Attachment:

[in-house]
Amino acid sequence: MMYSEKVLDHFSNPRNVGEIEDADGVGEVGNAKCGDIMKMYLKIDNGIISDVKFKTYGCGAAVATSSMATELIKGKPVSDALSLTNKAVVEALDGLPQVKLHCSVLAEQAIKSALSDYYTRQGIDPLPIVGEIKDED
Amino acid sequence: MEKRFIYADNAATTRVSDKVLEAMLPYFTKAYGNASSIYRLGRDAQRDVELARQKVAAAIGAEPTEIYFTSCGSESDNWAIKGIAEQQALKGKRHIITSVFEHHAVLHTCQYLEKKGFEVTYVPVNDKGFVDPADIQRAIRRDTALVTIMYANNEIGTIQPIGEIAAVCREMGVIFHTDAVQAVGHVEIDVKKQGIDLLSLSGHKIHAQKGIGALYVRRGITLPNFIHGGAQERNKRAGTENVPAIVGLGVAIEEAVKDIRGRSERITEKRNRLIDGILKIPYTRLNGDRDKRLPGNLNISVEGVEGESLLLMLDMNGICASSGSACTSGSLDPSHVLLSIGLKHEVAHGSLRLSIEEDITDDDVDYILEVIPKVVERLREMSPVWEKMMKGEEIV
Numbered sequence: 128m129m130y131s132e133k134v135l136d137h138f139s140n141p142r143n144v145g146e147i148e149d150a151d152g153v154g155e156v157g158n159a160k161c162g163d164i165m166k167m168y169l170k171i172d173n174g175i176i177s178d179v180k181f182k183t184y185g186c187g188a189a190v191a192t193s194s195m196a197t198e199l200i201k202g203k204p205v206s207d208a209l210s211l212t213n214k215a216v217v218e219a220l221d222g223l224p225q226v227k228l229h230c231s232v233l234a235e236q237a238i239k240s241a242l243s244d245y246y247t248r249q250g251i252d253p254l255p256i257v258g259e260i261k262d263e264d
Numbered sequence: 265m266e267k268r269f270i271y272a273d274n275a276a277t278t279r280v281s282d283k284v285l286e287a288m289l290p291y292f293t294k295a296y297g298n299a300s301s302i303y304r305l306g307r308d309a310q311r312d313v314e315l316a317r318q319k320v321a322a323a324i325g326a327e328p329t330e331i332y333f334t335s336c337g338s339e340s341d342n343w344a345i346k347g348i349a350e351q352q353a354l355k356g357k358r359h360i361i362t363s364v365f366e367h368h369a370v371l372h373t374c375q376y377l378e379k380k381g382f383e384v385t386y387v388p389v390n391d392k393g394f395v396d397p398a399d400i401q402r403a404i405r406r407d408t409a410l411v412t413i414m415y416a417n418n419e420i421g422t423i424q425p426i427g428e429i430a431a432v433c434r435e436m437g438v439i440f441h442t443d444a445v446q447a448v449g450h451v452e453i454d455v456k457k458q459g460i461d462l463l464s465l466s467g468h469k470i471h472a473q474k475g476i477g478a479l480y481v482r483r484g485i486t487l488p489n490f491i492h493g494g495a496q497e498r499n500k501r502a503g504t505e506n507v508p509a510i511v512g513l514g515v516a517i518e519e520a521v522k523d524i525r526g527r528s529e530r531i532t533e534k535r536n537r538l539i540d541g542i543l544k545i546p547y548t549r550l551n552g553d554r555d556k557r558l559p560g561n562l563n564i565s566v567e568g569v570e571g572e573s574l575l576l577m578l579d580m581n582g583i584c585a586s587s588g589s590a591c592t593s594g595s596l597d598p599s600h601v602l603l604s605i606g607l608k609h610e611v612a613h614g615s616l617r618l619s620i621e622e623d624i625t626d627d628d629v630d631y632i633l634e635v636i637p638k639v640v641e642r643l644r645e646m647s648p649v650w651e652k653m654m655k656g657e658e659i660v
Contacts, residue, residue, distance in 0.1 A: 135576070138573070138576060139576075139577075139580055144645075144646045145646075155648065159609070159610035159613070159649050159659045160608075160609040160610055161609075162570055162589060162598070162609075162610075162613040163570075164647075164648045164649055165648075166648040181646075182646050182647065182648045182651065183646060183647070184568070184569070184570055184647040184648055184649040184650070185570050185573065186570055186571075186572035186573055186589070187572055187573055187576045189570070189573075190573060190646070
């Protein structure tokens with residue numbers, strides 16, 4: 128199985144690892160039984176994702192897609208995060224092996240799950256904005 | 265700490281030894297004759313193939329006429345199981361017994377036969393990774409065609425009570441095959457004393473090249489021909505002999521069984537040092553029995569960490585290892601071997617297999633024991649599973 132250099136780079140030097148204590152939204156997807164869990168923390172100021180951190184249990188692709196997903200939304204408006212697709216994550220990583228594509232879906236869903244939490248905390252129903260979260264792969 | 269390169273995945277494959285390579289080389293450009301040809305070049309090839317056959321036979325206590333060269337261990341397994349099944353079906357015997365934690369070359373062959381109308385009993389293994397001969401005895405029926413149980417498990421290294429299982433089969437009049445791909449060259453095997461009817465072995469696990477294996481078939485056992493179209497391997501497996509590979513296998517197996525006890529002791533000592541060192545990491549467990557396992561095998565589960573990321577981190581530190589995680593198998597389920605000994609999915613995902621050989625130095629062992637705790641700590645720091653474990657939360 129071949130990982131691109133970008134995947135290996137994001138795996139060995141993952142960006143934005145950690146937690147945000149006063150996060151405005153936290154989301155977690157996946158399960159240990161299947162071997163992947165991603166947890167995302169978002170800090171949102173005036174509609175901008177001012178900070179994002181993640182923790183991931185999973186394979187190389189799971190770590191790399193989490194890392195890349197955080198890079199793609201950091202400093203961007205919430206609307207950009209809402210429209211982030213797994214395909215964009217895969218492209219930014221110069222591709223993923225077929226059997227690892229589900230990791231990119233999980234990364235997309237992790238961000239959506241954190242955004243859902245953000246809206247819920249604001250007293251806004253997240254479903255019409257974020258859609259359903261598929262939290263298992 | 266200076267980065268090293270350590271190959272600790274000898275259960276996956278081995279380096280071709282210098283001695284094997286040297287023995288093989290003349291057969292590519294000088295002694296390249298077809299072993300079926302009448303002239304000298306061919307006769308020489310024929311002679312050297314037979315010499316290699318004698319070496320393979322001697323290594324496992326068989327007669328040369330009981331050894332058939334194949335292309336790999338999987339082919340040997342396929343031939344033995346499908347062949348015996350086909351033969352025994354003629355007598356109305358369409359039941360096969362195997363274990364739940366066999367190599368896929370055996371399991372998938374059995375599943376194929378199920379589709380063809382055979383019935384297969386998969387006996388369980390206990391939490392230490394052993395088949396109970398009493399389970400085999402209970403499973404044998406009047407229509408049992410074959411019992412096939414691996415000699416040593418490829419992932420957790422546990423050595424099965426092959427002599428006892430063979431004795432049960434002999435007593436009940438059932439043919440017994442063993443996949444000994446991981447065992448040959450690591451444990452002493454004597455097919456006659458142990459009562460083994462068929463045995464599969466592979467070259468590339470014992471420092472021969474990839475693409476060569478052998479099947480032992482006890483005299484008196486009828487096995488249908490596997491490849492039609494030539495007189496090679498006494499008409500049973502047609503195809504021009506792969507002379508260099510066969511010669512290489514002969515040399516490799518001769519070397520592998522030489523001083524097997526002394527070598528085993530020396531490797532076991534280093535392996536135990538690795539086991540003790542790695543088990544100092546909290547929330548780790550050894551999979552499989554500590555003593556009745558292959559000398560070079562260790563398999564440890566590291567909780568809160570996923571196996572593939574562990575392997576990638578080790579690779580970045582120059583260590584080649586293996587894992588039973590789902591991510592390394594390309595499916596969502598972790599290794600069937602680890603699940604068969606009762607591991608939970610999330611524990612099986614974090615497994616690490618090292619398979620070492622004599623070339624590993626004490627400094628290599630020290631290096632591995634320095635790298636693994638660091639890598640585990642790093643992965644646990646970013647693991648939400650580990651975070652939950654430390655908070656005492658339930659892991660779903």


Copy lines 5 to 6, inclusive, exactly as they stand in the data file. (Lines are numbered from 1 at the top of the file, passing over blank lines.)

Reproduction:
Numbered sequence: 265m266e267k268r269f270i271y272a273d274n275a276a277t278t279r280v281s282d283k284v285l286e287a288m289l290p291y292f293t294k295a296y297g298n299a300s301s302i303y304r305l306g307r308d309a310q311r312d313v314e315l316a317r318q319k320v321a322a323a324i325g326a327e328p329t330e331i332y333f334t335s336c337g338s339e340s341d342n343w344a345i346k347g348i349a350e351q352q353a354l355k356g357k358r359h360i361i362t363s364v365f366e367h368h369a370v371l372h373t374c375q376y377l378e379k380k381g382f383e384v385t386y387v388p389v390n391d392k393g394f395v396d397p398a399d400i401q402r403a404i405r406r407d408t409a410l411v412t413i414m415y416a417n418n419e420i421g422t423i424q425p426i427g428e429i430a431a432v433c434r435e436m437g438v439i440f441h442t443d444a445v446q447a448v449g450h451v452e453i454d455v456k457k458q459g460i461d462l463l464s465l466s467g468h469k470i471h472a473q474k475g476i477g478a479l480y481v482r483r484g485i486t487l488p489n490f491i492h493g494g495a496q497e498r499n500k501r502a503g504t505e506n507v508p509a510i511v512g513l514g515v516a517i518e519e520a521v522k523d524i525r526g527r528s529e530r531i532t533e534k535r536n537r538l539i540d541g542i543l544k545i546p547y548t549r550l551n552g553d554r555d556k557r558l559p560g561n562l563n564i565s566v567e568g569v570e571g572e573s574l575l576l577m578l579d580m581n582g583i584c585a586s587s588g589s590a591c592t593s594g595s596l597d598p599s600h601v602l603l604s605i606g607l608k609h610e611v612a613h614g615s616l617r618l619s620i621e622e623d624i625t626d627d628d629v630d631y632i633l634e635v636i637p638k639v640v641e642r643l644r645e646m647s648p649v650w651e652k653m654m655k656g657e658e659i660v
Contacts, residue, residue, distance in 0.1 A: 135576070138573070138576060139576075139577075139580055144645075144646045145646075155648065159609070159610035159613070159649050159659045160608075160609040160610055161609075162570055162589060162598070162609075162610075162613040163570075164647075164648045164649055165648075166648040181646075182646050182647065182648045182651065183646060183647070184568070184569070184570055184647040184648055184649040184650070185570050185573065186570055186571075186572035186573055186589070187572055187573055187576045189570070189573075190573060190646070